New Phytologist (2016) 209, 1149-1158
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Host jumps shaped the diversity of extant rust fungi (Pucciniales)
New Phytologist 209 (3), 1149-1158
Abstract: - The aim of this study was to determine the evolutionary time line for rust fungi and date key speciation events using a molecular clock. Evidence is provided that supports a contemporary view for a recent origin of rust fungi, with a common ancestor on a flowering plant.
- Divergence times for > 20 genera of rust fungi were studied with Bayesian evolutionary analyses. A relaxed molecular clock was applied to ribosomal and mitochondrial genes, calibrated against estimated divergence times for the hosts of rust fungi, such as Acacia (Fabaceae), angiosperms and the cupressophytes.
- Results showed that rust fungi shared a most recent common ancestor with a mean age between 113 and 115 million yr. This dates rust fungi to the Cretaceous period, which is much younger than previous estimations. Host jumps, whether taxonomically large or between host genera in the same family, most probably shaped the diversity of rust genera. Likewise, species diversified by host shifts (through coevolution) or via subsequent host jumps. This is in contrast to strict coevolution with their hosts.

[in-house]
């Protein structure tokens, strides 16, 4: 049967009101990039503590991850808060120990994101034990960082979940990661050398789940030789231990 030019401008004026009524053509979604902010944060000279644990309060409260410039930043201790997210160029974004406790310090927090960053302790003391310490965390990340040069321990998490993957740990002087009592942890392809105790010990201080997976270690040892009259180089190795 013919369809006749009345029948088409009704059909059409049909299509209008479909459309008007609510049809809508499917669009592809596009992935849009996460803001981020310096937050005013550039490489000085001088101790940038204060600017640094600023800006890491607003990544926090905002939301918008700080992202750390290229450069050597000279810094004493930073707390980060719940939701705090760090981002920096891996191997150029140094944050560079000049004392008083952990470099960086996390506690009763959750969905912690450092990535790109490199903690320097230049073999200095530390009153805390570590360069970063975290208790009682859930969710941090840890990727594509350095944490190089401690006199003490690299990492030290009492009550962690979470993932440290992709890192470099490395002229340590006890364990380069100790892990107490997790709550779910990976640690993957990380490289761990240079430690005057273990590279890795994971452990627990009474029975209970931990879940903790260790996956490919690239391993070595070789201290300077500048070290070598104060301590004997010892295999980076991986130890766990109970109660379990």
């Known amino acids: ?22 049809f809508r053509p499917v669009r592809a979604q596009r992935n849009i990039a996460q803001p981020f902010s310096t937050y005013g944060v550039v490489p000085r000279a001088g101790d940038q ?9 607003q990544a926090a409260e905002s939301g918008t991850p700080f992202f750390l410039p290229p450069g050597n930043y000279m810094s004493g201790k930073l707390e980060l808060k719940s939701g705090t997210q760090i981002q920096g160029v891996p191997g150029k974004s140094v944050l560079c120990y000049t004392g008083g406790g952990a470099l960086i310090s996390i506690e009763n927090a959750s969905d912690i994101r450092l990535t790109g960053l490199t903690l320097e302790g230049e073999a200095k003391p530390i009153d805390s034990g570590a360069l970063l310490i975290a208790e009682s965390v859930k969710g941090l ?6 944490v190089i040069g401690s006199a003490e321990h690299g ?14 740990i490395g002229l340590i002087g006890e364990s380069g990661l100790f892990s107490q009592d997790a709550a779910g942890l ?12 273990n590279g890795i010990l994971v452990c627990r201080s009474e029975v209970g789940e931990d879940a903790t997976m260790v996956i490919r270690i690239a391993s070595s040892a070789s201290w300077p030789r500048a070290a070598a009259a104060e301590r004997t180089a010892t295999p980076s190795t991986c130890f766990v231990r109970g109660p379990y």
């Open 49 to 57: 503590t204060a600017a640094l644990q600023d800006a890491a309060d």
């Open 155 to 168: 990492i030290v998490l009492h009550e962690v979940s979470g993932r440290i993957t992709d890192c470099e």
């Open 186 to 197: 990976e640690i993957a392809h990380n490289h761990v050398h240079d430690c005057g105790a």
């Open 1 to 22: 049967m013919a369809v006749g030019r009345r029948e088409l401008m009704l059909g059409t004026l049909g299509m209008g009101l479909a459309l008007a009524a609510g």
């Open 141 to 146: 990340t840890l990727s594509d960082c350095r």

- Puccinia psidii was recovered in Sphaerophragmiaceae, a family distinct from Raveneliaceae, which were regarded as confamilial in previous studies.
(The abstract is excluded from the Creative Commons licence and has been copied with permission by the publisher.)
Link to article at publishers website
Database assignments for author(s): Alistair R. McTaggart, Jolanda Roux, Michael J. Wingfield, Brenda D. Wingfield, Magriet A. van der Nest
Research topic(s) for pests/diseases/weeds:
molecular biology - genes
general biology - morphology - evolution
Pest and/or beneficial records: